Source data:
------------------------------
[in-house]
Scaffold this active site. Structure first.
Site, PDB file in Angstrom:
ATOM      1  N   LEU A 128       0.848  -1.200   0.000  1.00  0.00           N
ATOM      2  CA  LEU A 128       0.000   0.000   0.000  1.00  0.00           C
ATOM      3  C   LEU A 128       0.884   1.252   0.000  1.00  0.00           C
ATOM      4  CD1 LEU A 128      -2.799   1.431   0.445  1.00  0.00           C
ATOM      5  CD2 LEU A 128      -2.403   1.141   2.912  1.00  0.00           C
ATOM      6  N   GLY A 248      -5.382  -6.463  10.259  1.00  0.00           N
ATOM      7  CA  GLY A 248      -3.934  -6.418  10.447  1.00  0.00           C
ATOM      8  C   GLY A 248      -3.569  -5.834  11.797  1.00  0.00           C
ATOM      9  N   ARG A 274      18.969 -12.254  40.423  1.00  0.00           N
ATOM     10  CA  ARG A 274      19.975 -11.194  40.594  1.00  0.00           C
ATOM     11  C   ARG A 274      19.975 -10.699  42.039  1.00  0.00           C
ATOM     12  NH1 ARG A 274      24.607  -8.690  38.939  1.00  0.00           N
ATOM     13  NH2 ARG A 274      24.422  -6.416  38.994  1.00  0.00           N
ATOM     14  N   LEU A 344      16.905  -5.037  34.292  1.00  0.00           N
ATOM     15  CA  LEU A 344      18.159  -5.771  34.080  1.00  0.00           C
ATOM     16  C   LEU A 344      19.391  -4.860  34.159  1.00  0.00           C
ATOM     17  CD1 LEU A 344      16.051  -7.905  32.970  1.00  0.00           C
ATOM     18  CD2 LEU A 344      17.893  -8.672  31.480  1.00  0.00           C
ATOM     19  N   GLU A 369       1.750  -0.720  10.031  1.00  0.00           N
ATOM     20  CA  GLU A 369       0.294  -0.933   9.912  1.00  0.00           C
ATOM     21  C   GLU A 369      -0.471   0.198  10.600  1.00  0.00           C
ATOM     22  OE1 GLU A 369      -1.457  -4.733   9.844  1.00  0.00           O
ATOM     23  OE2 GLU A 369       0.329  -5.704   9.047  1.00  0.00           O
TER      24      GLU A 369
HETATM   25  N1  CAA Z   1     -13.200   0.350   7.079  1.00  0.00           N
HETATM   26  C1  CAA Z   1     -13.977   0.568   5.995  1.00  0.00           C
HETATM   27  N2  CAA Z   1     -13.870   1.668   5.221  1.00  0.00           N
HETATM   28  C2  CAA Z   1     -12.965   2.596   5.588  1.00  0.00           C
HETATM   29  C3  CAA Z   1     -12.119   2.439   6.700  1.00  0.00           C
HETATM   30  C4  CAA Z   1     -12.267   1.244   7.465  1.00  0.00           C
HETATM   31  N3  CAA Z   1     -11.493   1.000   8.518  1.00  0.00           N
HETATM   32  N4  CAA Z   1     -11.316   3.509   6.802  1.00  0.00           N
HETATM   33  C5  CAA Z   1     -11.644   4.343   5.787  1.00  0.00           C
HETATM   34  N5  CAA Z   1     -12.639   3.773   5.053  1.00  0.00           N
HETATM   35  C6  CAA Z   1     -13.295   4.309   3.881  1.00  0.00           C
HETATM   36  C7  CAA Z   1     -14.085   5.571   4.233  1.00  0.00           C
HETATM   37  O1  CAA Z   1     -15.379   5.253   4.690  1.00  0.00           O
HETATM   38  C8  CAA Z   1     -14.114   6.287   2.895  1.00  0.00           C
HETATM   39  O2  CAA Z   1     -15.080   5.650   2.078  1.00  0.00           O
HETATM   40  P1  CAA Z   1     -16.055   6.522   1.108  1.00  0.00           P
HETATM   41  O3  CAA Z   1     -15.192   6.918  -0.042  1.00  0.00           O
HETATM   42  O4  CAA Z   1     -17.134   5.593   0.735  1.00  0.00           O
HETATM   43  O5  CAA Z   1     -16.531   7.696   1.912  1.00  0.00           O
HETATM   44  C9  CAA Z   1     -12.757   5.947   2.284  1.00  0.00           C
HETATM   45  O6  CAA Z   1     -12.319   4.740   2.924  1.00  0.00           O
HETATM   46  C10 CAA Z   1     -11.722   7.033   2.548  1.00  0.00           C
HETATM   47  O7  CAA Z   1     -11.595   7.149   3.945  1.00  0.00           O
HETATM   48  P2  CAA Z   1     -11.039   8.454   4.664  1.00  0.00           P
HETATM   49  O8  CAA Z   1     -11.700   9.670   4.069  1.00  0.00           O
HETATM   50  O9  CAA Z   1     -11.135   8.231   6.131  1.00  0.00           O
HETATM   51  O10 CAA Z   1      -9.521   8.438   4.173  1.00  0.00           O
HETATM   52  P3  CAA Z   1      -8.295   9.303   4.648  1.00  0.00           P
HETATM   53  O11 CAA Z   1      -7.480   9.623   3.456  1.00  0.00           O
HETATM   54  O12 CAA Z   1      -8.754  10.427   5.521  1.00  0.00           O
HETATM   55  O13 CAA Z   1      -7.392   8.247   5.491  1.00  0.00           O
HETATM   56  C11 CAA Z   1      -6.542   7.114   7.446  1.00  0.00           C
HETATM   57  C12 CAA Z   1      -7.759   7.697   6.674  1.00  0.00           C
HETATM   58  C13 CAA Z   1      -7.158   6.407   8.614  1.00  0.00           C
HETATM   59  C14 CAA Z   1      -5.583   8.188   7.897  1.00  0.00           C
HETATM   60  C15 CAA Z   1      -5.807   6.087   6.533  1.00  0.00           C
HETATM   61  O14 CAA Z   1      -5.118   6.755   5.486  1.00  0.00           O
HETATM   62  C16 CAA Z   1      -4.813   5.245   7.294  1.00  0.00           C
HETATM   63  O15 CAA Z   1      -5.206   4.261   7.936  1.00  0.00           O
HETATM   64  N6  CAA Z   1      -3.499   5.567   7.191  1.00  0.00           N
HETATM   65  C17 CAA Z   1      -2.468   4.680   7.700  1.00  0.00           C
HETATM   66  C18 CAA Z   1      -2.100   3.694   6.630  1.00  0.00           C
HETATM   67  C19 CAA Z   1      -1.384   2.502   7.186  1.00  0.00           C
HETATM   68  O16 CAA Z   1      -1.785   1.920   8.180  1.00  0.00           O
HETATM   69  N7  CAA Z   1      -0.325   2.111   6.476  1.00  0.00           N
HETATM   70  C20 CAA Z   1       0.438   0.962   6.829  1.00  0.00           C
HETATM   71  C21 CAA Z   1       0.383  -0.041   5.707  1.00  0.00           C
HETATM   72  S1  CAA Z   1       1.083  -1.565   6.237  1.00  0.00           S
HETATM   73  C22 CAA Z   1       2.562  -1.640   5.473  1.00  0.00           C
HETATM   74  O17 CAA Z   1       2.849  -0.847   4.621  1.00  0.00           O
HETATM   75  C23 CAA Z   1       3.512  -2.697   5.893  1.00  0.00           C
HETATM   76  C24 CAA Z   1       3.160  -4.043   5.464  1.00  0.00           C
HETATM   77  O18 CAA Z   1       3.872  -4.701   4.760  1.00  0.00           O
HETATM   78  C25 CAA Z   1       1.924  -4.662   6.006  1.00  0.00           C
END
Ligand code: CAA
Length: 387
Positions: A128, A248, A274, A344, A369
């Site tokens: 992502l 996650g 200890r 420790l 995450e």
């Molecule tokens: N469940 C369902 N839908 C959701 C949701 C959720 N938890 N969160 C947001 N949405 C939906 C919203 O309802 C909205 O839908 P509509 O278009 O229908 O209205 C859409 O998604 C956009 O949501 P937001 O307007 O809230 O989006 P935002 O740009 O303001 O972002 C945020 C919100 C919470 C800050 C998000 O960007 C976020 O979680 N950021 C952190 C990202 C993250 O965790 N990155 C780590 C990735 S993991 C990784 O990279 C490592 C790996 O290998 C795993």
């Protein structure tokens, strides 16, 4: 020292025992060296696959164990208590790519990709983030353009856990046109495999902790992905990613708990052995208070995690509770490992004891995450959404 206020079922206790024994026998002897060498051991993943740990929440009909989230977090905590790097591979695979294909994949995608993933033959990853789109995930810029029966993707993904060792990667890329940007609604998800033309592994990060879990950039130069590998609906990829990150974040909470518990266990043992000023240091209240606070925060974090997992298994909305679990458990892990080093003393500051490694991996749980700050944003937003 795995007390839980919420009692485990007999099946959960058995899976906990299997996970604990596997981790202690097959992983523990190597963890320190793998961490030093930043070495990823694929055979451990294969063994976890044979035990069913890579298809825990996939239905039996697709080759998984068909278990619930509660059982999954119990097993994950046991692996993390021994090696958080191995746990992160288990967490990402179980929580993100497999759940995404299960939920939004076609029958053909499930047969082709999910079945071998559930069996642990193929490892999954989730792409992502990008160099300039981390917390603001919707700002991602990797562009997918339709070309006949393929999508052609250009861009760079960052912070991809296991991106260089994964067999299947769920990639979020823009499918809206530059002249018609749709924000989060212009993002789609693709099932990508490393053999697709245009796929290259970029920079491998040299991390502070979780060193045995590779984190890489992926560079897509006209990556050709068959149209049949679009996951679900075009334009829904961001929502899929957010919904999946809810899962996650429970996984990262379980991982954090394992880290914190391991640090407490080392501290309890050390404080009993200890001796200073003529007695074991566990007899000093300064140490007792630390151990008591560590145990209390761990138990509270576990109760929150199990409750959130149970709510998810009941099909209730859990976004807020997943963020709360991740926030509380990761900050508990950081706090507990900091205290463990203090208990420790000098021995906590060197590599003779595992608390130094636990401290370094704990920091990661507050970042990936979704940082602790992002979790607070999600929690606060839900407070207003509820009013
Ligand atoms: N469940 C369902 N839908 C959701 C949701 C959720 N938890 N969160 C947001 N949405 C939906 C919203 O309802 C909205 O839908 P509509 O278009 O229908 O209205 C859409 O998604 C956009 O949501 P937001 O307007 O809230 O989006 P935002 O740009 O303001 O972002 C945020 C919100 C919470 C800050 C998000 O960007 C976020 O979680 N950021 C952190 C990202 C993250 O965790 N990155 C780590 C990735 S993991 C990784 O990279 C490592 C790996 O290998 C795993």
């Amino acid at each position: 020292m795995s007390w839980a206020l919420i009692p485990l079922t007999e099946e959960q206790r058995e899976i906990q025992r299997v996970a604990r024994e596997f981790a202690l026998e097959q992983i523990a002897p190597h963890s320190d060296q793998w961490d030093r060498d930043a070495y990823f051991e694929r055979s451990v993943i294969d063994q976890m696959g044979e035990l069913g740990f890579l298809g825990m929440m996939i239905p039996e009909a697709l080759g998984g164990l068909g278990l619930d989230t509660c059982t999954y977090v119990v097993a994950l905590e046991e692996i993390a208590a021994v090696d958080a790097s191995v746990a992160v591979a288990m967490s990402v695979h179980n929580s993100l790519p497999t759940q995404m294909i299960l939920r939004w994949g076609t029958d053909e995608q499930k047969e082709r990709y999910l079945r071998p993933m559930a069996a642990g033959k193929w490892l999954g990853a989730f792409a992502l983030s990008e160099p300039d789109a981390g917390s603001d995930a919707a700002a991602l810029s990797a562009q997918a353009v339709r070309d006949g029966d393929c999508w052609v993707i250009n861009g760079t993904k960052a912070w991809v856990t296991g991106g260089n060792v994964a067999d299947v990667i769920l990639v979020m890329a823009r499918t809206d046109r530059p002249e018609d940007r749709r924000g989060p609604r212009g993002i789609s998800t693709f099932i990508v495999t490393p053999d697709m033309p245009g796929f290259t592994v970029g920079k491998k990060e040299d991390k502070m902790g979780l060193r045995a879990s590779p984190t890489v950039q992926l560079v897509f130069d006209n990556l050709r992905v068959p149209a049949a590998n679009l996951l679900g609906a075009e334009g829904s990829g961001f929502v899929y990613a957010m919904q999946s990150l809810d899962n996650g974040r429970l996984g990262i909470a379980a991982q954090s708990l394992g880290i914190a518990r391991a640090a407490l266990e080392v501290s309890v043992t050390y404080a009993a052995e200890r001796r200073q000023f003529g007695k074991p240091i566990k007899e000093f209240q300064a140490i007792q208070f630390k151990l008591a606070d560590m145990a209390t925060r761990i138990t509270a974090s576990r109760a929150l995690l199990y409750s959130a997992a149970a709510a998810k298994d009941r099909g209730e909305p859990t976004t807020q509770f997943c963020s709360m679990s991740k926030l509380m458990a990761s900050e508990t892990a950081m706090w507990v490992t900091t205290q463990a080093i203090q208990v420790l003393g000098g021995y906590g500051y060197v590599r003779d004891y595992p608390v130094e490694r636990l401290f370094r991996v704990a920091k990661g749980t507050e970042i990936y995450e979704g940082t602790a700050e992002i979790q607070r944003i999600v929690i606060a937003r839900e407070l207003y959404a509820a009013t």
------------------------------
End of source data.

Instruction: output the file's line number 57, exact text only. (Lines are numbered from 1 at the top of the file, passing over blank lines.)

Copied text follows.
HETATM   54  O12 CAA Z   1      -8.754  10.427   5.521  1.00  0.00           O